Plants of the Week: March 6
Plants of the Week: March 6

Plants of the Week: March 6

Iris histrioides 'Lady Beatrix Stanley' JTB (3)

Iris histrioides ‘Lady Beatrix Stanley’

One of the only flowers that seems to have withstood the recent temperature dip and remains resilient is the recently planted Iris histrioides ‘Lady Beatrix Stanley’. This remarkable little flower is a cultivar of the Turkey native Iris histrioides. Though small in stature, its royal blue pops along borders and walkways bringing a pleasant, 3”-5” true-blue accent in the early Spring. The petals appear in flattened, tubular 3’s that sag at the apices to show off white feathering and a bright yellow stripe. The cultivar ‘Lady Beatrix Stanley’ is a dwarf, violet-blue variety. This can be found blooming in small spots in the cut flower garden behind the Wister Greenhouse. photo credit: J. Bickel

Pinus parviflora 'Adcock's Dwarf' JTB (2)

Pinus parviflora ‘Adcock’s Dwarf’

The Japanese white pine, Pinus parviflora, as the common name suggests is native to Japan and reportedly grows to heights of 70 feet in its native habitat. Generally speaking, the 3-inch long needles appear in fascicular bundles of 5’s. However the cultivar represented in the Winter Garden next to Martin Greenhouses, ‘Adcock’s Dwarf’, is an exceptionally diminutive dwarf variety. The needles are between 1”-2” and the plant grows very slowly to a maximum width of 3’-4’, nearing 1/10th of the recorded average size of the species parent in its native habitat! This small, needled evergreen has a compact form that makes it a nice choice as a specimen plant in smaller landscape applications. photo credit: J. Bickel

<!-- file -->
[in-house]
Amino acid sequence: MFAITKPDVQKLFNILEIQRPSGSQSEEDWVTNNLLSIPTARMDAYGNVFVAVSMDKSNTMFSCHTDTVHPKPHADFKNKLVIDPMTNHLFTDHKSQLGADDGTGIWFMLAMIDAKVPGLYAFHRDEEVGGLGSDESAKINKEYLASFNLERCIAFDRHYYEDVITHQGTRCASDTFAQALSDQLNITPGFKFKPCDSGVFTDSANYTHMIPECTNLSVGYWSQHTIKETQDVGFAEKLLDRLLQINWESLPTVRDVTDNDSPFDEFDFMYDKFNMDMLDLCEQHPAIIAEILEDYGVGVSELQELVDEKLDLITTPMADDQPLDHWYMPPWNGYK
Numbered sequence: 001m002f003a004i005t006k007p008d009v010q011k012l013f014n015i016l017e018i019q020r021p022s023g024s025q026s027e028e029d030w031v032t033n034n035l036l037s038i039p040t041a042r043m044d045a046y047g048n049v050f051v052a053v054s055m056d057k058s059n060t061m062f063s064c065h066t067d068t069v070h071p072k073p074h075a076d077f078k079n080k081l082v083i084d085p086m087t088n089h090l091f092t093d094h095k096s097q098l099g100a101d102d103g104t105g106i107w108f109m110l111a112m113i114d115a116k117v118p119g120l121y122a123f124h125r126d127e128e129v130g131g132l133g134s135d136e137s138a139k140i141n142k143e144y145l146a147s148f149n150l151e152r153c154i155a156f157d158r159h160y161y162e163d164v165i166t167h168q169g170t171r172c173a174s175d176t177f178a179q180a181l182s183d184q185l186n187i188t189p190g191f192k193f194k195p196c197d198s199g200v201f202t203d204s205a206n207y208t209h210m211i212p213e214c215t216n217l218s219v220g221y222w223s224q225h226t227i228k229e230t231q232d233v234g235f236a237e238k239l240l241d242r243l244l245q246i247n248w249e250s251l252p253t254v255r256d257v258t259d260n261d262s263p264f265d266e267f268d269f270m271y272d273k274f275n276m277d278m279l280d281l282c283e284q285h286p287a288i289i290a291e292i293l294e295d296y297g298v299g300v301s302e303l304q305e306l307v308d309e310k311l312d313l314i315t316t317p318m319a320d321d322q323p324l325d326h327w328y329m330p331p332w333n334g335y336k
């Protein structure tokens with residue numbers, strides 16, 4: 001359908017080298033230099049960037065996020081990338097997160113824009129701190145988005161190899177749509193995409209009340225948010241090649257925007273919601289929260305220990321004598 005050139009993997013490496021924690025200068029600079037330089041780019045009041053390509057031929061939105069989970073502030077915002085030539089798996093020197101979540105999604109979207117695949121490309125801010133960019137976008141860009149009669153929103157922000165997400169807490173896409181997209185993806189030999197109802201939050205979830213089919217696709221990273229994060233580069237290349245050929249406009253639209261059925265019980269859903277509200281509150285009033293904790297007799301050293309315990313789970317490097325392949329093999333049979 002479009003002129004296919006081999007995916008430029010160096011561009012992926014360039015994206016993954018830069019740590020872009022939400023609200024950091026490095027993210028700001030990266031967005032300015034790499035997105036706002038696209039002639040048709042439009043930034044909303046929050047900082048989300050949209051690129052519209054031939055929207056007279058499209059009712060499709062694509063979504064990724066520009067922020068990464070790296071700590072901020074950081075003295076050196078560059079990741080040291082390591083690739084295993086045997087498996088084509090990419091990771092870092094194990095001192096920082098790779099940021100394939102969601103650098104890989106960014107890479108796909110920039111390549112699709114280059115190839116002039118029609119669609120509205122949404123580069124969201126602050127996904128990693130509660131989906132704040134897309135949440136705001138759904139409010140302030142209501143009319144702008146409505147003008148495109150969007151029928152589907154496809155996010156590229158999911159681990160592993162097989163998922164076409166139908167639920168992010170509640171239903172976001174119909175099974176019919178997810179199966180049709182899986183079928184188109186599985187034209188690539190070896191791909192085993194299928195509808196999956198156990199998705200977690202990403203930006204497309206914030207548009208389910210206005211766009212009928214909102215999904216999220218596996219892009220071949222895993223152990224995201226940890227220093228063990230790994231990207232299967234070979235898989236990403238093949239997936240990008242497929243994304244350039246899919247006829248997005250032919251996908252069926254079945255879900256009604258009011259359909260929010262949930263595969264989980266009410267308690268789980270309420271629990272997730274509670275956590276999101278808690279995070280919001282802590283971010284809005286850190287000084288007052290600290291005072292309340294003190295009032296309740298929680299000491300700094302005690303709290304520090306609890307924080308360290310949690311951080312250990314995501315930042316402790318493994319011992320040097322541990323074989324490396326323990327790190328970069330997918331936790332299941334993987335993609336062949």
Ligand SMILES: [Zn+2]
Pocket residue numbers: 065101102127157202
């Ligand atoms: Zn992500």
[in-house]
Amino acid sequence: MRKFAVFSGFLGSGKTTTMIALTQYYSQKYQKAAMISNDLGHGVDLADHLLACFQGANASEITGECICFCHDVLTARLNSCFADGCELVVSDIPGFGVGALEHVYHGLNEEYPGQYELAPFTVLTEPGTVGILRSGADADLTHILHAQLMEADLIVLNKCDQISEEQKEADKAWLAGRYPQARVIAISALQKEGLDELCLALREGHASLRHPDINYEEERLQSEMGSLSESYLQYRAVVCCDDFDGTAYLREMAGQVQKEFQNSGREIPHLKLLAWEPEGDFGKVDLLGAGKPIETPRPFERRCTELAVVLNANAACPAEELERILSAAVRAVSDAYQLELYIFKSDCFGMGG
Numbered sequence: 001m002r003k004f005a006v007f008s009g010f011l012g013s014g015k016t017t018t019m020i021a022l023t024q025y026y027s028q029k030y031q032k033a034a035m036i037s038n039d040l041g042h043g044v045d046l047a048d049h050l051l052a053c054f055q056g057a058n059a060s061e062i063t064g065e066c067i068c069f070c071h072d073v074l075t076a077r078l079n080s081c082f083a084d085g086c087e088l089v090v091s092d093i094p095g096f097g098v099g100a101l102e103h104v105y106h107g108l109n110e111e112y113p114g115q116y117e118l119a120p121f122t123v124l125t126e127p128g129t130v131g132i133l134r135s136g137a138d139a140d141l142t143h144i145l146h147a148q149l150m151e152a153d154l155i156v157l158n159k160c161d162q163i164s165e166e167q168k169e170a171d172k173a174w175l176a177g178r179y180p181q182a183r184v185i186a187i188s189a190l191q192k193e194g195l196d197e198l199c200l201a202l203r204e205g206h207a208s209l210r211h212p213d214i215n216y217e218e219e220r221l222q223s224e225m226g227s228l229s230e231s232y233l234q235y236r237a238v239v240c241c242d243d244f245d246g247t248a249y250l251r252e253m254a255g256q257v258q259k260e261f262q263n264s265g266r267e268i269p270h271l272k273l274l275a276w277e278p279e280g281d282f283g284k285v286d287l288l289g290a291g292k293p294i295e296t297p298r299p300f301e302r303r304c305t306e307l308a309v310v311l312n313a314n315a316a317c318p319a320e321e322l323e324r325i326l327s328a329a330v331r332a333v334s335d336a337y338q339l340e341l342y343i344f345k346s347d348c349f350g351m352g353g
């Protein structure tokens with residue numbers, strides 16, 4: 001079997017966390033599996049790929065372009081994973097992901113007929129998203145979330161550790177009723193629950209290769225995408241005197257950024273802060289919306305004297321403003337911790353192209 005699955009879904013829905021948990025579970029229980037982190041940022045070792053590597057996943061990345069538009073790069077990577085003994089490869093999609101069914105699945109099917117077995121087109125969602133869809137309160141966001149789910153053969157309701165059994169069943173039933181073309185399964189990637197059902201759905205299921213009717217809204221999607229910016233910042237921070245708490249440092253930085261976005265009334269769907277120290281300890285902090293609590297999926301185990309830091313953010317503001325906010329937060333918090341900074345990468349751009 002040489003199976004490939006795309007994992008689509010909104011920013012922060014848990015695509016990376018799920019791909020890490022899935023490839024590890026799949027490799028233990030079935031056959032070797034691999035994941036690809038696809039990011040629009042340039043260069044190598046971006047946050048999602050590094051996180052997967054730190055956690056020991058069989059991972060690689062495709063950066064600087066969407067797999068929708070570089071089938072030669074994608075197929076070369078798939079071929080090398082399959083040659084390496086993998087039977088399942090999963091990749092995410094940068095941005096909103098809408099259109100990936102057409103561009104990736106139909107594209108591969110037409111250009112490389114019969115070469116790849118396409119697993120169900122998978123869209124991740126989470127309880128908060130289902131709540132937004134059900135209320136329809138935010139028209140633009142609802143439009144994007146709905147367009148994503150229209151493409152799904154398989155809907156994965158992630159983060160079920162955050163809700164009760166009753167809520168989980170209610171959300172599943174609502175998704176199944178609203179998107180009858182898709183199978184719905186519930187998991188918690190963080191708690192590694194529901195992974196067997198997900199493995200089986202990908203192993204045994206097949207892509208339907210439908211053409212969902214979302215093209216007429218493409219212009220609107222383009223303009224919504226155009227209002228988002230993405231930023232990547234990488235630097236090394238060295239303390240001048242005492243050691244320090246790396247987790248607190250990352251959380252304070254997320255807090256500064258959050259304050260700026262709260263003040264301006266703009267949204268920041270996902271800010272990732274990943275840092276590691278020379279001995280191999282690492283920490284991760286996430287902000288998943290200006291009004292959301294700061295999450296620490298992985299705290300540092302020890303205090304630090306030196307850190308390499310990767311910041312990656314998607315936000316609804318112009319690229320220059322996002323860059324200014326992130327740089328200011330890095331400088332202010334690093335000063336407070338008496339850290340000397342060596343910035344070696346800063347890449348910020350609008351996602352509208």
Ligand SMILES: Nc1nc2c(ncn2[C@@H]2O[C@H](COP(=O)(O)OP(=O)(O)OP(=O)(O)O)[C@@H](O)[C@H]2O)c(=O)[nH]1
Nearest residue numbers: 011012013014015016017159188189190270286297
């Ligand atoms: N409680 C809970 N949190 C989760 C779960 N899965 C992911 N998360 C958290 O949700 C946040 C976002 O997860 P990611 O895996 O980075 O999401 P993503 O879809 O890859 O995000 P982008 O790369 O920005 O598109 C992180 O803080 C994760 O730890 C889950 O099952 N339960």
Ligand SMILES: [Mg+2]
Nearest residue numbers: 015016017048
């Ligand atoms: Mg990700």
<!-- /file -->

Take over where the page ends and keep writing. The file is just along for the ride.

Crataegus viridis 'Winter King' JTB

Crataegus viridis ‘Winter King’

Walking along the service drive between the Women’s Resource Center and the train tracks, I noticed an interesting echo across the drive. The grays and oranges of the flaking bark of the leafless Crataegus viridis ‘Winter King’ matched the coloration of the stone in the Cotswold architecture. This added an interesting momentary feeling of completion to that particular section of the service drive that I had never noticed before. The green hawthorne is a United States native, mostly from the south, usually noted for its small clusters of white fragrant flowers and red fruits. The cultivar ‘Winter King’ reportedly has a greater disease resistance than the species and enhanced ornamental features. photo credit: J. Bickel



John Bickel
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